Mildred (Jane) Baessler in the pilot’ seat.
Jane Doyle held a heavy bronze medal in her creased hands, running her fingers over the engraved surface.
It shone in the light streaming through the window of her apartment in a Grand Rapids senior living complex. The words: “The first women in history to fly American Military Aircraft” were etched on the outer rim.
Doyle, 96, smiled slyly.
She earned it — even if it did take 66 years to get the Congressional Gold Medal. It’s the highest honor that can be awarded to a civilian, and Doyle got it for her service during World War II for flying in the Women Airforce Service Pilots program, known as WASP.
It took an Act of Congress to give the medals to Doyle and the 1,073 other WASP fly girls who boosted the war effort. The women were recruited to fly stateside for the U.S. Army Air Forces during the war, freeing up male pilots to serve in combat overseas.
Doyle is the last living WASP in Michigan, according to Texas Woman’s University, the repository for the history of the group. In all, just 69 remain nationally.
She was a trailblazer unafraid to be the first girl or woman to do just about anything — practically a poster child for today’s feminist mantra: nevertheless, she persisted.
“The Women’s Airforce Service Pilots were groundbreaking in the same way that the iconic Rosie the Riveters were — one in flying and one in building the aircraft,” said Kristen Wildes, director of the Ada Historical Society, which with the Cascade Historical Society, featured Doyle as a speaker at a joint veterans event last week.
“When the men left to serve in the war, these remarkable women stepped in to assist in the war effort and get the jobs done. Through their dedication and service, the WASPs got a foot in the door of a future that would slowly open to women in aviation.”
Doyle said she was the first girl in the marching band at South High School in Grand Rapids, playing the French horn. The band director told her: “You can be in it, but you can’t wear pants. You have to wear a skirt.”
“I think I was a problem child because I was always trying something,” said Doyle, who was born Mildred Jane Baessler in October of 1921. She was the youngest of four children.
“I don’t know why my folks named me Mildred,” she says, chuckling. “They never called me that. They always called me Jane.”
Her father, a German immigrant, worked for the Pere Marquette Railway. It was her mother, Emma Baessler, who took her to see the famous aviator Charles Lindbergh when he came to Grand Rapids in August 1927.
She recalled hearing Lindbergh speak in the outdoor amphitheater at John Ball Park. Doyle was just 6.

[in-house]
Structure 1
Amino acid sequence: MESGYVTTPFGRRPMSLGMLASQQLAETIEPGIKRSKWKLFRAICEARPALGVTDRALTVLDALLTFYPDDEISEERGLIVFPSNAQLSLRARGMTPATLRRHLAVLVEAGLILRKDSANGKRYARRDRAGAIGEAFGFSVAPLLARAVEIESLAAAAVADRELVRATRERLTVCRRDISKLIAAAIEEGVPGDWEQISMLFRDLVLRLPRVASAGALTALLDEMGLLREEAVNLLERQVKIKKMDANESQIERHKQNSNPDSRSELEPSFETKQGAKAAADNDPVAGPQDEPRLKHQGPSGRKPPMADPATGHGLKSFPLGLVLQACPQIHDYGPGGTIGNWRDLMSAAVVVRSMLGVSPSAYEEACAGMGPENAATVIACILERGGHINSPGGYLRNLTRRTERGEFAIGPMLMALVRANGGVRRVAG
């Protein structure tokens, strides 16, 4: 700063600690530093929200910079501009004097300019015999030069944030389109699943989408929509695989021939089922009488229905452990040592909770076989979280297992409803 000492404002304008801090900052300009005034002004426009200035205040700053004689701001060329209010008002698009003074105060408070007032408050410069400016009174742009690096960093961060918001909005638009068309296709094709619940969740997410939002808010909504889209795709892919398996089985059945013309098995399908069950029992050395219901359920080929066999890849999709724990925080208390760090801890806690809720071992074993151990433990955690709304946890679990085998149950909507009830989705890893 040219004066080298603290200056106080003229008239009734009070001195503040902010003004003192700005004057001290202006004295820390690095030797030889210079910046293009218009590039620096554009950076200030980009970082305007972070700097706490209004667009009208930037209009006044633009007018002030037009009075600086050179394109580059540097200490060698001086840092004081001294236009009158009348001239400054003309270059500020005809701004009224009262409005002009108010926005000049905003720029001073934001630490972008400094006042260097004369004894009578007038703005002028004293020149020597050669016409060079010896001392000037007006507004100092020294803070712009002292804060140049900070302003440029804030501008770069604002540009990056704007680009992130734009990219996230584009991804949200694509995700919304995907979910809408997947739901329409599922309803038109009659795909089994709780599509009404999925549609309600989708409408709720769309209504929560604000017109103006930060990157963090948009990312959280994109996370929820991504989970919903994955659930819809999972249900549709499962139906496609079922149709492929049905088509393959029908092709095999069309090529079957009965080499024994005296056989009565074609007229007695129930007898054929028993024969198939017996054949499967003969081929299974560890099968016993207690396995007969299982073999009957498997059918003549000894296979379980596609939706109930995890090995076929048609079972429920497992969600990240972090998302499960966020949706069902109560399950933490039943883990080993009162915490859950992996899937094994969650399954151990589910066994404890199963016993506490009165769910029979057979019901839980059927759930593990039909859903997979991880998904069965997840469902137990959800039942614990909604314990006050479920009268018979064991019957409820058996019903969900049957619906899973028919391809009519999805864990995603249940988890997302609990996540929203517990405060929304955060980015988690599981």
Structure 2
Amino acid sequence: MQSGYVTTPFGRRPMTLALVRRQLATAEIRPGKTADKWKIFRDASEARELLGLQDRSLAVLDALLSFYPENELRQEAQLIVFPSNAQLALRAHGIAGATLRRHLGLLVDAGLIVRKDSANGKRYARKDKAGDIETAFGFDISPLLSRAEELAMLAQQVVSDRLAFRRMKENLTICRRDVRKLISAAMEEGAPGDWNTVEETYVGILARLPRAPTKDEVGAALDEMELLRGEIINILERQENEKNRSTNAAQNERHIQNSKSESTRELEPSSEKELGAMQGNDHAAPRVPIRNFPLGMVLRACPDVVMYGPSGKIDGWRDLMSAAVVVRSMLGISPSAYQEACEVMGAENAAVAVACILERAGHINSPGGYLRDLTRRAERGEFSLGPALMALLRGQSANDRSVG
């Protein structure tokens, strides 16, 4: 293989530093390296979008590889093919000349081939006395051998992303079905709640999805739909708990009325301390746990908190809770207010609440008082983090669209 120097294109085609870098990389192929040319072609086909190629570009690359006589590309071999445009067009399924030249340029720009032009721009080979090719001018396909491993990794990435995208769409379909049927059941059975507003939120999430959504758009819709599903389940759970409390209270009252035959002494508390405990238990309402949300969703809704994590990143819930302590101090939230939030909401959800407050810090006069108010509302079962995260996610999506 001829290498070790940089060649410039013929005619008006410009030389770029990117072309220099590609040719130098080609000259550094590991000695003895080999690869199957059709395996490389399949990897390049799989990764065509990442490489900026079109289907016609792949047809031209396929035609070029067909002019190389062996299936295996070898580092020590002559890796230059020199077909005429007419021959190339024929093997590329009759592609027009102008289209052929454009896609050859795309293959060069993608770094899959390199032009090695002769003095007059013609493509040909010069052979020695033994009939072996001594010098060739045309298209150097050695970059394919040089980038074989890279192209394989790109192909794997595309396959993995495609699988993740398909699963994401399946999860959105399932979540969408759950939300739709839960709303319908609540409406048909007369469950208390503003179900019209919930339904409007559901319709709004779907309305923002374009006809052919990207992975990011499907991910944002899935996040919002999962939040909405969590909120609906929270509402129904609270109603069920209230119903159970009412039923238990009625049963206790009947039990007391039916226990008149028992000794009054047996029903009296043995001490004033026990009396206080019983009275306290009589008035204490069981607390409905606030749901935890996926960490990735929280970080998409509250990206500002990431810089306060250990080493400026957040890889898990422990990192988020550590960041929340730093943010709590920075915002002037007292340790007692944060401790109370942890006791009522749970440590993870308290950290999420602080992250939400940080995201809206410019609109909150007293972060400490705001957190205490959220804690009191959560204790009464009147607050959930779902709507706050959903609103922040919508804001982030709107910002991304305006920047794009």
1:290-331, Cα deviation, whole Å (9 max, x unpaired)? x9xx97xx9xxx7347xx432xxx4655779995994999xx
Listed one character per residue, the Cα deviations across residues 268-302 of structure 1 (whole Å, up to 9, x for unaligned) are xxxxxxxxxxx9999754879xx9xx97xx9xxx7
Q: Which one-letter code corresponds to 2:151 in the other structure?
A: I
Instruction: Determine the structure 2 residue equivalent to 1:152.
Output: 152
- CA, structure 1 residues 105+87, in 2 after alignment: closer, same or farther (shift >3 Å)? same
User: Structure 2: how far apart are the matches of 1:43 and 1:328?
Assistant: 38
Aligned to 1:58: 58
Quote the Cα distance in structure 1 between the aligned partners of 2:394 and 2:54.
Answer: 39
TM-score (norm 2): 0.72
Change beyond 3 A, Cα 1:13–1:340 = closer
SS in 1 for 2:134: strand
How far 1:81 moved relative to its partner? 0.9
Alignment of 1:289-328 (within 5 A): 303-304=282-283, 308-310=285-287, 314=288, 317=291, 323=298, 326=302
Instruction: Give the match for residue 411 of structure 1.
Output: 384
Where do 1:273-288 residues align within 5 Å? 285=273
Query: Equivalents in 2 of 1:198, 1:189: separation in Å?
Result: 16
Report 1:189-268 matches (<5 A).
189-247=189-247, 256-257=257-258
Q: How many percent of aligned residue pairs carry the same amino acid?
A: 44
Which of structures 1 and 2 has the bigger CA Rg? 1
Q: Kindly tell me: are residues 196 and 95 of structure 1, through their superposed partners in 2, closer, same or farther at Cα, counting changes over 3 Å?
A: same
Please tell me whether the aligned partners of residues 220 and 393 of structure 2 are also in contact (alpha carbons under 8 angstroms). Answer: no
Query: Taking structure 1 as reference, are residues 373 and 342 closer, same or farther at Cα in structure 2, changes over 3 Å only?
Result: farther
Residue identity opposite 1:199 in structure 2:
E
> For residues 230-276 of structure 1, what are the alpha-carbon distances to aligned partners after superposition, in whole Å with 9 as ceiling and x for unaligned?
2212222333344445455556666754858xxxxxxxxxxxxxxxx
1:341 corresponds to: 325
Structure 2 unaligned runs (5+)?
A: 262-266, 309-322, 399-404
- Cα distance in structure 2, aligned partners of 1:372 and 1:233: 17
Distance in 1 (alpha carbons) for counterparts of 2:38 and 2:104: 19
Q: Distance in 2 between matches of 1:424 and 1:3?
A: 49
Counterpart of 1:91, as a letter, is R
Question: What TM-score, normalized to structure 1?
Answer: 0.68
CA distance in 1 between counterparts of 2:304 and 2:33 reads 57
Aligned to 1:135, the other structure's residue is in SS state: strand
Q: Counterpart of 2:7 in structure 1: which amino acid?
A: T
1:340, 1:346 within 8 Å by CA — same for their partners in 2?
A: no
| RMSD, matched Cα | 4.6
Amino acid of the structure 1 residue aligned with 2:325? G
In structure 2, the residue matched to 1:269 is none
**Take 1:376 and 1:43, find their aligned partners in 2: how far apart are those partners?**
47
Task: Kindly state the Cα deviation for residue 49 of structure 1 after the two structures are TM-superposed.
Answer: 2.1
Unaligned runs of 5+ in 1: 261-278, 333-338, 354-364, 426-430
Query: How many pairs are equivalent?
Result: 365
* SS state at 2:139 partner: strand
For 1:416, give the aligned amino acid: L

“It was a big thing over there. The newspapers gave him a lot of publicity when he came, and my mother was just interested in what was going on. … Then, Wrong Way Corrigan came, too,” Doyle said, “and she took me to that.”
Douglas Corrigan was given the “Wrong Way” moniker when he flew across the Atlantic rather than across the U.S. in what many dubbed an intentional mistake after his plans to fly over the ocean were denied.
“And then, when my brother was in high school, he had a music instructor who was a pilot. He took him up for a ride, and I heard him telling about it. But I had never been in a plane.”
It wasn’t until she enrolled in what was then Grand Rapids Junior College in 1939 that Doyle considered flying an airplane was something she could do.
“I was taking engineering drawing and I was the only girl in the class,” Doyle said. ” I was ordered to sit in the back in the corner and the instructor came in and was talking to the fellas about this Civilian Pilot Training Program.
“After the class, I went up and said, ‘How about women? Can I get in?’ And he said, ‘Well, I’ll find out.’ And then he told me that one woman could get in for every 10 men.
“Men had to be 5-foot-4, but women could be 5-foot-2½. So I stretched, and passed the physical and got into the program that summer.”
She did 70 hours of ground school training, and went on to do 35 hours of flying at Kent County Airport at a time when much of the world was at war. She said most Americans understood why President Franklin D. Roosevelt started programs like the Civil Pilot Training Program to ready the nation for its likely entry into the war.
By the fall of 1940, Doyle was enrolled at the University of Michigan in Ann Arbor, and flying with the Civil Air Patrol to keep her pilot’s license.